Editor’s Note: Dr. Pennacchio was named vice principal of McTimoney College of Chiropractic in Oxfordshire, England, on June 1, 2011.
Making Her Family Proud
Her influence is far-reaching. Her work makes a difference in the lives of thousands. Valerie Pennacchio, D.C., is quite possibly one of the most influential women in chiropractic education today.
Pennacchio credits Sherman College with igniting the passion that inspires her everyday life. The New Jersey native sat in on philosophy classes when she worked as founding president Thom Gelardi’s secretary while her then-spouse was a student at Sherman. “I just fell in love with the message,” she says. Though it was more than a decade later and after a divorce, Pennacchio went back to school and pursued a chiropractic education of her own, graduating summa cum laude from Sherman in 1990. She was quickly tapped to be a faculty member, thus launching a very productive career in chiropractic education.
In a humble way she explains her driving force. “I must admit I am devoted to my job and the influence that I know we’re making in chiropractic education and helping to graduate competent, caring, confident chiropractors to serve the people of the world,” she says. “When I divorced I took my father’s name back, and I remember telling him, ’Dad, I intend to do great things in this world, and when I do, I want the “Pennacchio” name to get the credit.’”
The Pennacchios have a great deal to be proud of.
Hundreds of Sherman alumni were her students at Sherman, and many hundreds more attended board reviews or continuing education seminars that she has taught over the years. Amid teaching classes and attending committee meetings, Pennacchio also managed to maintain a private practice in Spartanburg. As chair of the Philosophy Department she also penned many articles for various Sherman publications, as well as participated in and authored case studies.
Pennacchio gained a great deal of administrative experience at Sherman. She was instrumental in developing Sherman’s first Clinical Proficiency Examination (Exit Exam) prior to the existence of the National Board’s Part IV. Moreover, she was selected by the National Board of Chiropractic Examiners (NBCE) to be a part of its test-writing committee.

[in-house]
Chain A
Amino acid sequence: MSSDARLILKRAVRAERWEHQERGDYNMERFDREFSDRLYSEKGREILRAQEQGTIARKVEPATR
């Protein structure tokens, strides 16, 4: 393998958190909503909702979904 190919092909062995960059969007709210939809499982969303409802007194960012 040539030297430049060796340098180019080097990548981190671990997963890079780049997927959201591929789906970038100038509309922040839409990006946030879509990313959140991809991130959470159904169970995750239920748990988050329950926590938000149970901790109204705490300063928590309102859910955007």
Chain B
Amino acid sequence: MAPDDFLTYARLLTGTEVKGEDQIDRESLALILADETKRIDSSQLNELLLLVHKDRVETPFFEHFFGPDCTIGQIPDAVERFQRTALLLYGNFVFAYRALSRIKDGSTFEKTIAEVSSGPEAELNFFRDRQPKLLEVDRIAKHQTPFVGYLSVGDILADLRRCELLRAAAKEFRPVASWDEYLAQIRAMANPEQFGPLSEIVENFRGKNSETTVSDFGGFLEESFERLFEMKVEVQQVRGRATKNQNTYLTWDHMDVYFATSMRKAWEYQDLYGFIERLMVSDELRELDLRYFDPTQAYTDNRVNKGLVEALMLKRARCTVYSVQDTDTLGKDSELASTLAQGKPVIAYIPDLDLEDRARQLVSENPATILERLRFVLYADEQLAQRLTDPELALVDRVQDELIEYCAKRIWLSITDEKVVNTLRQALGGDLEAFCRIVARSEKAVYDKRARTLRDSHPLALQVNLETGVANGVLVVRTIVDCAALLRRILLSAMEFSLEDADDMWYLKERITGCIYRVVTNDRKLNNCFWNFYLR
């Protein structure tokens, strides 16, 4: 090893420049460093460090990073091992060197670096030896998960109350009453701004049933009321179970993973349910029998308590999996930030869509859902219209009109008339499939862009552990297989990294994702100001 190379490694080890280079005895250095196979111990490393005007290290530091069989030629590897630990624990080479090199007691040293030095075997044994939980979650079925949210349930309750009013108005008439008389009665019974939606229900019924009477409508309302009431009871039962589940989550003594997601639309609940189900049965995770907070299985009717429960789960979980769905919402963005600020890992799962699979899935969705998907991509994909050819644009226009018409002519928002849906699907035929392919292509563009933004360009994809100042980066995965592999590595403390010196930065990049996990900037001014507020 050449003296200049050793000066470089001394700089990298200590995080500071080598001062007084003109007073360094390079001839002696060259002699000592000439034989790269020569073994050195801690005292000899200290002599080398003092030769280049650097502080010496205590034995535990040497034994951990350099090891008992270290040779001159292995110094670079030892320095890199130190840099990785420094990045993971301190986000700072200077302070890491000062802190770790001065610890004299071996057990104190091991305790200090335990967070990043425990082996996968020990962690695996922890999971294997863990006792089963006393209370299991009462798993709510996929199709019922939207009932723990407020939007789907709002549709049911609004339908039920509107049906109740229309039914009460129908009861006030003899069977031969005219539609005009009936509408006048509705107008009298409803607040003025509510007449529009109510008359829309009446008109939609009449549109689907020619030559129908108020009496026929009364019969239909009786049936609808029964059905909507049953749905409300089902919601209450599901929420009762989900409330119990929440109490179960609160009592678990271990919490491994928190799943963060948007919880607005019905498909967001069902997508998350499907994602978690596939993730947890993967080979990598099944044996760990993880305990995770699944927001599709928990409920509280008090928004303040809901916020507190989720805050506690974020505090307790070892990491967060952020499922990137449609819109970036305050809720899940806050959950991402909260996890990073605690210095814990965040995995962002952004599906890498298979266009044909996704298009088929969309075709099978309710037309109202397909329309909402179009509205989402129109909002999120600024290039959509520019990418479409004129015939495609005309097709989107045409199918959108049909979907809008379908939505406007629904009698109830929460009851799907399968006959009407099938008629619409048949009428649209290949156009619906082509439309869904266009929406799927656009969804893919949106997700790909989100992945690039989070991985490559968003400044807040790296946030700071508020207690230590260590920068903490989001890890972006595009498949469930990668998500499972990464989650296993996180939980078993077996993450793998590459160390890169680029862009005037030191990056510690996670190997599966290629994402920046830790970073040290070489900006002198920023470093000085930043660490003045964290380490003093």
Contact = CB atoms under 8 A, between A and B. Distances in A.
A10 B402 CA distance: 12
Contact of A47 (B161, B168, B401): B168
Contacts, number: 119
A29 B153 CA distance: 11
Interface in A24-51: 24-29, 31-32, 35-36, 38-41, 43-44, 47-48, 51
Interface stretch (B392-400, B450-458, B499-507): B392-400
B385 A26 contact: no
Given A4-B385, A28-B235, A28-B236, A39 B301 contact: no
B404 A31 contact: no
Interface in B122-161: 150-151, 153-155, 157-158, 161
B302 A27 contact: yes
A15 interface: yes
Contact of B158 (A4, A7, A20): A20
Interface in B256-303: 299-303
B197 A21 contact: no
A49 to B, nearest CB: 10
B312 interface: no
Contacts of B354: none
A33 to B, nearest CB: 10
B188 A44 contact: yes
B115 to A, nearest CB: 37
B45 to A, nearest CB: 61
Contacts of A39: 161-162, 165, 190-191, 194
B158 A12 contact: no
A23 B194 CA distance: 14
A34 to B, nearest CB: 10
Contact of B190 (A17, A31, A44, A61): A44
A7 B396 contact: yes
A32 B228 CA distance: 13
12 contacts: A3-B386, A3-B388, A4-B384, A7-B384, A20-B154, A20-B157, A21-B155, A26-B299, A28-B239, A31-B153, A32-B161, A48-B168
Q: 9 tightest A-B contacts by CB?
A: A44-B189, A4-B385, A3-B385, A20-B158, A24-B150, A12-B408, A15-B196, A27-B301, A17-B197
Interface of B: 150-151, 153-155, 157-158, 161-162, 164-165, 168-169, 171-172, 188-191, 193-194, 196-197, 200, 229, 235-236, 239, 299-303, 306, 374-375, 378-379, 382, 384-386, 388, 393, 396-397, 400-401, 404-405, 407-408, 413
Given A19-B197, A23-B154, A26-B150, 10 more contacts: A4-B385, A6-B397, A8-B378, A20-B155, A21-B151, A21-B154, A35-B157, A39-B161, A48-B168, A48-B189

In 1999, fellow Sherman grad Ralph Boone, Ph.D., D.C., then a key administrator at a foundling chiropractic college in New Zealand, asked Pennacchio to come to that country for a very important project that would have profound effects. Boone and other leaders in New Zealand entrusted Pennacchio to prepare its pioneer class in New Zealand for a proficiency examination that would prove that the soon-to-be graduates were competent to serve their communities, and that the school’s curriculum was accreditation-worthy. Taking a leave from Sherman College, she spent four months in New Zealand. With diligence, hard work, and the help of Irene Gold Board Review notes (used by permission), she was able to help the school achieve this milestone.
All this set the stage for an enticing offer several years later that would result in Pennacchio pulling up stakes and moving to New Zealand permanently. She is now the college’s vice president where a typical day starts with her arising at 5:15 a.m.
She’s at the college by 8:30 and spends a majority of the day attending meetings — organizational, strategic, departmental and faculty. “Then you have to actually do the work you said you would do in the meetings,” she quips, so you may find her at the office until 6 or 7 p.m. She teaches philosophy classes on Tuesday and runs philosophy focus groups three or four times a week. But the doctor professes that her devotion to chiropractic and her love of assisting students makes it all worthwhile. She thoroughly enjoys helping students to get in touch with their core beliefs, and teaching them to achieve excellence. And while Pennacchio’s life continues on a new continent, she says she often reflects on her roots at Sherman College and the seeds that were planted to lead her to her current adventures. It’s all a part of the Pennacchio legacy.